If you're talking about a different setting as not around the sword coast, I think that wherever the setting and time is would be great. I think it would be cool if it was somewhere else, like Thay. It would still be fun though to revisit Candlekeep or Baldur's Gate within the new game as a side quest...maybe that's where Charname left his boots!
    The biggest problem in dealing with monumental consequences happening due to your character's choices is continuity within the Faerun Realms and communication with the other authors. It is safest. easiest, and cheapest for the writers of BG3, at the end of the game, to return the land of Faerun to a similar condition as it was at the beginning of the game. That is exactly what happens in BG1, BG2, NWN 1 and 2, IWD 1 & 2, PS:T, and every other D&D game I can think of. The civilizations generally stay intact, the world stays roughly the same. Wars come and go, but nothing really significant changes. Even the time of troubles had few major changes. The gods continued with few major differences (although some died, and some were replaced, things continued to progress as they had before), civilizations stayed basically intact. It has to stay relatively static, unfortunately, unless WoTC changes the way they do things.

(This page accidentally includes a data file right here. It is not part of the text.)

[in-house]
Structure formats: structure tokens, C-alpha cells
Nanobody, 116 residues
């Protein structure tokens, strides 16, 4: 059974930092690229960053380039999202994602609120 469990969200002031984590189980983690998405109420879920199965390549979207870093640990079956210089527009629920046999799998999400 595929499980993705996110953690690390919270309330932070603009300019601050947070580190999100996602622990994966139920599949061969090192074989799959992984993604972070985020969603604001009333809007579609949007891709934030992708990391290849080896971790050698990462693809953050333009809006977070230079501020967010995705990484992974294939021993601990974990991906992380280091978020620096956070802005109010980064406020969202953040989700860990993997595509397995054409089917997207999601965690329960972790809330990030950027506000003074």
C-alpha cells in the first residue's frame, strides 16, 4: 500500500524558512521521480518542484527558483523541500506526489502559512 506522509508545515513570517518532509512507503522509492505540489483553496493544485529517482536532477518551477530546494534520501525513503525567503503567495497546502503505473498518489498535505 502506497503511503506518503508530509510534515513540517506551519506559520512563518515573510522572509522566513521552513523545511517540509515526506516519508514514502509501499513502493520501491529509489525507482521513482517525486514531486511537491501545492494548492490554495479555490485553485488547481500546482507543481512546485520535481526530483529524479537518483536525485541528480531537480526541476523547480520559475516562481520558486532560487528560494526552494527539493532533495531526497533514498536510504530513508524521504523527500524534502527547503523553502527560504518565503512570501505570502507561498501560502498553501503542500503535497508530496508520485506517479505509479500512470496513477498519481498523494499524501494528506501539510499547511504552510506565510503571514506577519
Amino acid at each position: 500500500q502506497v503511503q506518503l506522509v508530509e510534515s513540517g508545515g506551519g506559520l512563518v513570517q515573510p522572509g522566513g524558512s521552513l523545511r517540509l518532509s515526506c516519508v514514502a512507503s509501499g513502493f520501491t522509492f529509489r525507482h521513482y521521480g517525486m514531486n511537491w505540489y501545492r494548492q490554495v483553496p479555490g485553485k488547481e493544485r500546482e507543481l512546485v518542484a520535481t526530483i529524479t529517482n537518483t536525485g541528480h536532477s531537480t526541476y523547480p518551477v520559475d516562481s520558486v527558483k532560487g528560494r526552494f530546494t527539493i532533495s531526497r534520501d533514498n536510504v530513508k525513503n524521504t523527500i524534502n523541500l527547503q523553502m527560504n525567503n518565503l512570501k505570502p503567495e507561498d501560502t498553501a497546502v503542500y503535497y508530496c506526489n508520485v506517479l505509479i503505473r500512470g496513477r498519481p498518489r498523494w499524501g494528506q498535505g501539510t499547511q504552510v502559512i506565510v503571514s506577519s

That is specifically the exact reason Pillars of Eternity created their own campaign setting: so that the Player could determine the fate of the setting without the writers having to coordinate with a higher authority, or side-step around legal rights. They own it, they do what they want with it.
    To your point, having a reactive world would be awesome, and I think it could be done, albeit carefully. I think that quality, reactive writing should be a priority investment over everything else.
    But who am I? I'm just a bowl of boiled taters smashed up and mixed with butter, milk, and salt.

    brusGozeta
  • jinxed75jinxed75 Member Posts: 157
    I wasn't talking *monumental*, earth-shattering consequences. I was talking consequences, i.e. my decisions as a player should have an impact in the game, not "my decisions shall change the realms forever".

    mashedtaters
  • mashedtatersmashedtaters Member Posts: 2,243
    jinxed75 said:

    I wasn't talking *monumental*, earth-shattering consequences. I was talking consequences, i.e. my decisions as a player should have an impact in the game, not "my decisions shall change the realms forever".

    Sorry that I misunderstood you.

  • PK2748PK2748 Member Posts: 381
    They just did all this work upgrading the infinity engine and interfaces, I'm very willing to spend more money on well written games that use the same technology they've already finished upgrading. I also really love 2nd edition dungeons and dragons. New characters and a new story are critical but new engines, graphics and rule sets are utterly unnecessary for me.

    mashedtatersMiridor